This was an interesting story from Wired about a Canadian statistician who cracked the Ontario lottery scratch-off algorithm.
The apparent randomness of the scratch ticket was just a facade, a mathematical lie. And this meant that the lottery system might actually be solvable, just like those mining samples. “At the time, I had no intention of cracking the tickets,” he says. He was just curious about the algorithm that produced the numbers. Walking back from the gas station with the chips and coffee he’d bought with his winnings, he turned the problem over in his mind. By the time he reached the office, he was confident that he knew how the software might work, how it could precisely control the number of winners while still appearing random. “It wasn’t that hard,” Srivastava says. “I do the same kind of math all day long.” …
The trick itself is ridiculously simple. (Srivastava would later teach it to his 8-year-old daughter.) Each ticket contained eight tic-tac-toe boards, and each space on those boards—72 in all—contained an exposed number from 1 to 39. As a result, some of these numbers were repeated multiple times. Perhaps the number 17 was repeated three times, and the number 38 was repeated twice. And a few numbers appeared only once on the entire card. Srivastava’s startling insight was that he could separate the winning tickets from the losing tickets by looking at the number of times each of the digits occurred on the tic-tac-toe boards. In other words, he didn’t look at the ticket as a sequence of 72 random digits. Instead, he categorized each number according to its frequency, counting how many times a given number showed up on a given ticket. “The numbers themselves couldn’t have been more meaningless,” he says. “But whether or not they were repeated told me nearly everything I needed to know.” Srivastava was looking for singletons, numbers that appear only a single time on the visible tic-tac-toe boards. He realized that the singletons were almost always repeated under the latex coating. If three singletons appeared in a row on one of the eight boards, that ticket was probably a winner.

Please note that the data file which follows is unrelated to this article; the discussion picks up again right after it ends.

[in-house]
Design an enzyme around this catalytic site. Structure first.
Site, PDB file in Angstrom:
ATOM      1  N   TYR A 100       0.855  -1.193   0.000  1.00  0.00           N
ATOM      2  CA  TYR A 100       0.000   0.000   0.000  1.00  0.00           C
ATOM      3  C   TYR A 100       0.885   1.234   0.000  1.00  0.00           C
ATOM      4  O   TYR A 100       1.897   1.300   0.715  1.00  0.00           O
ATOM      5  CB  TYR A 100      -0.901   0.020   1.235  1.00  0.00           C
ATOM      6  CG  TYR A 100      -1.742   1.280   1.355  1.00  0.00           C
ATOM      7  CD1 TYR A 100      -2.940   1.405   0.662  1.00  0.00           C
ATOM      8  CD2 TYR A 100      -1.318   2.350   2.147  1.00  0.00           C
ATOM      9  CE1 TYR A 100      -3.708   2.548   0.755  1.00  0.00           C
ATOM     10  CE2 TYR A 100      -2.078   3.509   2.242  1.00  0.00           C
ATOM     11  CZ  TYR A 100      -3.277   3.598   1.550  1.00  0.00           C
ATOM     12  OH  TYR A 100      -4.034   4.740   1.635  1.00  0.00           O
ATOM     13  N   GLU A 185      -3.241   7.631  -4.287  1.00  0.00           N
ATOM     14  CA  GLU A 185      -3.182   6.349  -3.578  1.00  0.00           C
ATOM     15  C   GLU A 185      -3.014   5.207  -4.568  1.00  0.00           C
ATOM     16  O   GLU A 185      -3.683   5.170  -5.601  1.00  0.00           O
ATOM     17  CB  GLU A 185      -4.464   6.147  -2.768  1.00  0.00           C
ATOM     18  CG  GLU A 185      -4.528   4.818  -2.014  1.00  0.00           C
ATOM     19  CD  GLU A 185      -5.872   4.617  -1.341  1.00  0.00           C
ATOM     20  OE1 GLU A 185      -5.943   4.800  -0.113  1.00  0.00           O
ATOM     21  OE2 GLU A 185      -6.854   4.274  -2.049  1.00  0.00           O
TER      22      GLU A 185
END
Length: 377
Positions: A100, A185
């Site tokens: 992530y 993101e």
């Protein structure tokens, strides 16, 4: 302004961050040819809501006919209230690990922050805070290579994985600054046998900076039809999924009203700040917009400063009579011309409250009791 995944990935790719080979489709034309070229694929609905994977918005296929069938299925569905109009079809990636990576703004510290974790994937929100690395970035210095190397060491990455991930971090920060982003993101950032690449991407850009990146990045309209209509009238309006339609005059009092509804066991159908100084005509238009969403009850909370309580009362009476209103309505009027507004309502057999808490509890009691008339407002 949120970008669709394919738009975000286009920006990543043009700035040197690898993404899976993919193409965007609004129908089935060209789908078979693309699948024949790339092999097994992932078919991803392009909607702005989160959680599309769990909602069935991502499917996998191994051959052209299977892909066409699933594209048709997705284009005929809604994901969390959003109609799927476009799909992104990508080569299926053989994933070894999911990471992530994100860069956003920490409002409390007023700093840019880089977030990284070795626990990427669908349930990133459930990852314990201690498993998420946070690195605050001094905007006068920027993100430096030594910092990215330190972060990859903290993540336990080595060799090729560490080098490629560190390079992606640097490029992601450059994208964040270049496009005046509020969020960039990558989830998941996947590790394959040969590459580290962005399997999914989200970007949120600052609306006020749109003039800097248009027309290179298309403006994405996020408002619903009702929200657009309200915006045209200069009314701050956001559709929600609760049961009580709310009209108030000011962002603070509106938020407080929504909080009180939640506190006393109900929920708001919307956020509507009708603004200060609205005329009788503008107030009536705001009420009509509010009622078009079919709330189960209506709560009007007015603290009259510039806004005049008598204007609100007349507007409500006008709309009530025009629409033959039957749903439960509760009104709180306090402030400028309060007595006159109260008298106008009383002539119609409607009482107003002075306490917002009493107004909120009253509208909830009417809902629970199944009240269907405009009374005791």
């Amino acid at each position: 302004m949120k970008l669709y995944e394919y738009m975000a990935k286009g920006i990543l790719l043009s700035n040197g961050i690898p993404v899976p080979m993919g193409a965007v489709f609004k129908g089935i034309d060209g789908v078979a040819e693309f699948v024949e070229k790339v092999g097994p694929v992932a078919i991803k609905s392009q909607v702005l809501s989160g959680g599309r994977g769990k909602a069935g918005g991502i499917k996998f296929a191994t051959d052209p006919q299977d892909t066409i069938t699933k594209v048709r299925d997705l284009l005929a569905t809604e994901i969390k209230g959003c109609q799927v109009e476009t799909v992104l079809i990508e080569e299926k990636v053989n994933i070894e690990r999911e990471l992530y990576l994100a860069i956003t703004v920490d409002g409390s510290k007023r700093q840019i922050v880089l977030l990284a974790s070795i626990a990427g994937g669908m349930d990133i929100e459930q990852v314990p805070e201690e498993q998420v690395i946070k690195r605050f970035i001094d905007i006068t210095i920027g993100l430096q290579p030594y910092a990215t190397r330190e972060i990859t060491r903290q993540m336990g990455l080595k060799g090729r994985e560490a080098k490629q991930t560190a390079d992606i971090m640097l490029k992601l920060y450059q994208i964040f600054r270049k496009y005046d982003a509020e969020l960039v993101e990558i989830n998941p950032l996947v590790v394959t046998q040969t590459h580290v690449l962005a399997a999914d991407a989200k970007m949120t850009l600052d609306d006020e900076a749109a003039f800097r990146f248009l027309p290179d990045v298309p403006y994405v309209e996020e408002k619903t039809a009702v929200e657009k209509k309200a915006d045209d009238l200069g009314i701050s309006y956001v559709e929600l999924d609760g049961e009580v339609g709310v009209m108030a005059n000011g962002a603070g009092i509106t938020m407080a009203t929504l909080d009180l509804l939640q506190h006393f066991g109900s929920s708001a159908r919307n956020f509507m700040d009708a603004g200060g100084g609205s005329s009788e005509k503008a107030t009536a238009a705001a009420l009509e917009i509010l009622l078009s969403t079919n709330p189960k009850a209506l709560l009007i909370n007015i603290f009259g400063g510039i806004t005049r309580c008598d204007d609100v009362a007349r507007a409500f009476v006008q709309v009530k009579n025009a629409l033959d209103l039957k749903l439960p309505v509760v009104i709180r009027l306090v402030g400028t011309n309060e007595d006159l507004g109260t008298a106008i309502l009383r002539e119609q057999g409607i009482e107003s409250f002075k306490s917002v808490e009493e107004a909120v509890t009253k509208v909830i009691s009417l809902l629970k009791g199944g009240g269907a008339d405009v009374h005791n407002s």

Chris Hemedinger - Feb 0, 2011
Jared, if you haven’t seen it, you might be interested in this series of posted by Rick Wicklin, SAS/IML expert and blogger: http://blogs.sas.com/iml/index.php?/archives/93-Scratch-Off-Lottery-Games-One-Way-to-Design-Them.html
Jared - Feb 0, 2011
Very cool! No, I hadn’t seen those posts yet. Just goes to show how complicated the problem is. This was my favorite quote from the article. “I remember telling myself that the Ontario Lottery is a multibillion-dollar-a- year business,” he says. “They must know what they’re doing, right?” Nope.